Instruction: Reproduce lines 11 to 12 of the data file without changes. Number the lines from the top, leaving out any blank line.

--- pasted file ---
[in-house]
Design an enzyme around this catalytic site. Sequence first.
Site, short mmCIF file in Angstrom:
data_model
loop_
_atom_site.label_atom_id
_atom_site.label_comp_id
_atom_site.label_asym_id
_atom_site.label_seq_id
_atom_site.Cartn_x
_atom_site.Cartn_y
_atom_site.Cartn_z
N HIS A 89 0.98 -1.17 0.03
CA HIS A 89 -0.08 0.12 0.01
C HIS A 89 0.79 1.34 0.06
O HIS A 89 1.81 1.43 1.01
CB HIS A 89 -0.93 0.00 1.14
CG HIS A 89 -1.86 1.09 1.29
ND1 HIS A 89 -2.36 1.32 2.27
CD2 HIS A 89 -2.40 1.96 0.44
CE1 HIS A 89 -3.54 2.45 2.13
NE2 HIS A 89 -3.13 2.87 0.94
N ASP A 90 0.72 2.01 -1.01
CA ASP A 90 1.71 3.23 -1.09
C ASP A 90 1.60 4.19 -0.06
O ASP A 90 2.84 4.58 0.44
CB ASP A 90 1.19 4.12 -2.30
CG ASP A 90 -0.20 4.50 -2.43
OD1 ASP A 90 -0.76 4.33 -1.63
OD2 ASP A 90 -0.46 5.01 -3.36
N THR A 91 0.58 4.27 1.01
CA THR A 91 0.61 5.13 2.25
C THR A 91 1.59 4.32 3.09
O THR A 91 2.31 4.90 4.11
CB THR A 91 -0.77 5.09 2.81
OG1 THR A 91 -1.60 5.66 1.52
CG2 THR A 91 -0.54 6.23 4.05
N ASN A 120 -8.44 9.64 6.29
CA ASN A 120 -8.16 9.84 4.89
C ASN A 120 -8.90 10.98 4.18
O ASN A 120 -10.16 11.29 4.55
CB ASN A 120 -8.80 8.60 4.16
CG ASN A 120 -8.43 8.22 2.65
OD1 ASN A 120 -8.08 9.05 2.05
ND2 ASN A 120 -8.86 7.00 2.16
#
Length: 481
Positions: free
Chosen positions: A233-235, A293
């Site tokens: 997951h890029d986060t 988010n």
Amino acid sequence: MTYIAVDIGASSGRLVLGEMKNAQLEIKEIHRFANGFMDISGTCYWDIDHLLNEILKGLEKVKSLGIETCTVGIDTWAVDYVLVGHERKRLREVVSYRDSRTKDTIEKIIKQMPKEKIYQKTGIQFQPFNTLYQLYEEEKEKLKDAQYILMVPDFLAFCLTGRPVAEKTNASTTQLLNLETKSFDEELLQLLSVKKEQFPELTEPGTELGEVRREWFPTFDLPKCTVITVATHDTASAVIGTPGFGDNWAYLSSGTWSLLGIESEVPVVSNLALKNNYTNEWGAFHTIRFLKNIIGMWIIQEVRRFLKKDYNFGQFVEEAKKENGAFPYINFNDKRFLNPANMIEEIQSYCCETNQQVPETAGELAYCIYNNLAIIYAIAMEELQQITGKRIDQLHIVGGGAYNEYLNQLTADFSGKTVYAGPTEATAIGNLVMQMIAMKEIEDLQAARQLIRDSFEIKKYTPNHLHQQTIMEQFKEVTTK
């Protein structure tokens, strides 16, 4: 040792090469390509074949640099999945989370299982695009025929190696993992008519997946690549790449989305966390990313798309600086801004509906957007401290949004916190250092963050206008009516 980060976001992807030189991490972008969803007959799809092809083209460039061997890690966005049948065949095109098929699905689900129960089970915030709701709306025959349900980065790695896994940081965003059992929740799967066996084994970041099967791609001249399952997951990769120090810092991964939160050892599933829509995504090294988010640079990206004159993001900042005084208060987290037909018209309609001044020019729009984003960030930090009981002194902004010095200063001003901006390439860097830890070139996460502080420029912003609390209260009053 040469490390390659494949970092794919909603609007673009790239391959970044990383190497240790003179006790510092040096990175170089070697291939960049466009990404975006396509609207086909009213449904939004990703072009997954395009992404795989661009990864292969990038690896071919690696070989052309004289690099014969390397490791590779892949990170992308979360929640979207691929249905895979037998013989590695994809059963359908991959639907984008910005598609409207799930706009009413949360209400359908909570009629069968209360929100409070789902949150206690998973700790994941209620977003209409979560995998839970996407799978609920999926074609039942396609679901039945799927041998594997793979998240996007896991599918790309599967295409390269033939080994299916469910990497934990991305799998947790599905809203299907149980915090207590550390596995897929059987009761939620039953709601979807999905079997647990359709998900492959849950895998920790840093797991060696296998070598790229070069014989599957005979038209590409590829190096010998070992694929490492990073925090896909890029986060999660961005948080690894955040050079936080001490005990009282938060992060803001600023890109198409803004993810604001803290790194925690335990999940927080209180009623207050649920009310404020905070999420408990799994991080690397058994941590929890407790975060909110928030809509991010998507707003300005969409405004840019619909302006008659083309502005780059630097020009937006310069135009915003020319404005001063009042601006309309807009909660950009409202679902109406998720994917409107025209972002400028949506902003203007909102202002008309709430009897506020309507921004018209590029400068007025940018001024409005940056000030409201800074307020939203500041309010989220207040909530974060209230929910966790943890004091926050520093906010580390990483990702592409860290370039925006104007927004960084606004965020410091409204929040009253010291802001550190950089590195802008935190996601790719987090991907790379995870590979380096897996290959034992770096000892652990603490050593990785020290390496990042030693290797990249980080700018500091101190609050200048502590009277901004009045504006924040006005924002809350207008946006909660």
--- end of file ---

_atom_site.Cartn_y
_atom_site.Cartn_z